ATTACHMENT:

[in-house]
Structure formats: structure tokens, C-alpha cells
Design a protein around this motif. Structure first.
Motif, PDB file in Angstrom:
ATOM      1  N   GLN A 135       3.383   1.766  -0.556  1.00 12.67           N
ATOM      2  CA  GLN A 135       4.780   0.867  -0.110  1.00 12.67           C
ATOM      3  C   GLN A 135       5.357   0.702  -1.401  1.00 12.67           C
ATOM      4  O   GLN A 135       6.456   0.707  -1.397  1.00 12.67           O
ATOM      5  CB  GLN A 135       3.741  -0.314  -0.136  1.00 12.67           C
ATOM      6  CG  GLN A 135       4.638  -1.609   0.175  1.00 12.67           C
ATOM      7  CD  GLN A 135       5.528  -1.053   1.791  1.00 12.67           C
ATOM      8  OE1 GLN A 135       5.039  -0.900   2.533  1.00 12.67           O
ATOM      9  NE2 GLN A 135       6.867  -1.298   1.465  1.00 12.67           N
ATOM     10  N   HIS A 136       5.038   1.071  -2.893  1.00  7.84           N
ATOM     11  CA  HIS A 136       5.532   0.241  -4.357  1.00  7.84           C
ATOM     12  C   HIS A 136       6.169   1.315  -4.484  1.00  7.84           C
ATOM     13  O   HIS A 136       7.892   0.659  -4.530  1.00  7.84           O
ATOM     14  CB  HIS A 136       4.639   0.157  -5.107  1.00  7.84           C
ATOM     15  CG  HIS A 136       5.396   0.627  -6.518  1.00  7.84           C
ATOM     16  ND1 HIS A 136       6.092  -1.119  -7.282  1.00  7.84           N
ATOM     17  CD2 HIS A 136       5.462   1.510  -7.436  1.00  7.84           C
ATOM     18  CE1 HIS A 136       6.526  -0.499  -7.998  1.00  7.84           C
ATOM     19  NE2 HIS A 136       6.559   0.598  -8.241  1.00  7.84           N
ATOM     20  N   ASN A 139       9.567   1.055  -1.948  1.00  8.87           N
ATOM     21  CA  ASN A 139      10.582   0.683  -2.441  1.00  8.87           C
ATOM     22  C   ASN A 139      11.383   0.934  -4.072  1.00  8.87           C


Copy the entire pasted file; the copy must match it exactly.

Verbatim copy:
[in-house]
Structure formats: structure tokens, C-alpha cells
Design a protein around this motif. Structure first.
Motif, PDB file in Angstrom:
ATOM      1  N   GLN A 135       3.383   1.766  -0.556  1.00 12.67           N
ATOM      2  CA  GLN A 135       4.780   0.867  -0.110  1.00 12.67           C
ATOM      3  C   GLN A 135       5.357   0.702  -1.401  1.00 12.67           C
ATOM      4  O   GLN A 135       6.456   0.707  -1.397  1.00 12.67           O
ATOM      5  CB  GLN A 135       3.741  -0.314  -0.136  1.00 12.67           C
ATOM      6  CG  GLN A 135       4.638  -1.609   0.175  1.00 12.67           C
ATOM      7  CD  GLN A 135       5.528  -1.053   1.791  1.00 12.67           C
ATOM      8  OE1 GLN A 135       5.039  -0.900   2.533  1.00 12.67           O
ATOM      9  NE2 GLN A 135       6.867  -1.298   1.465  1.00 12.67           N
ATOM     10  N   HIS A 136       5.038   1.071  -2.893  1.00  7.84           N
ATOM     11  CA  HIS A 136       5.532   0.241  -4.357  1.00  7.84           C
ATOM     12  C   HIS A 136       6.169   1.315  -4.484  1.00  7.84           C
ATOM     13  O   HIS A 136       7.892   0.659  -4.530  1.00  7.84           O
ATOM     14  CB  HIS A 136       4.639   0.157  -5.107  1.00  7.84           C
ATOM     15  CG  HIS A 136       5.396   0.627  -6.518  1.00  7.84           C
ATOM     16  ND1 HIS A 136       6.092  -1.119  -7.282  1.00  7.84           N
ATOM     17  CD2 HIS A 136       5.462   1.510  -7.436  1.00  7.84           C
ATOM     18  CE1 HIS A 136       6.526  -0.499  -7.998  1.00  7.84           C
ATOM     19  NE2 HIS A 136       6.559   0.598  -8.241  1.00  7.84           N
ATOM     20  N   ASN A 139       9.567   1.055  -1.948  1.00  8.87           N
ATOM     21  CA  ASN A 139      10.582   0.683  -2.441  1.00  8.87           C
ATOM     22  C   ASN A 139      11.383   0.934  -4.072  1.00  8.87           C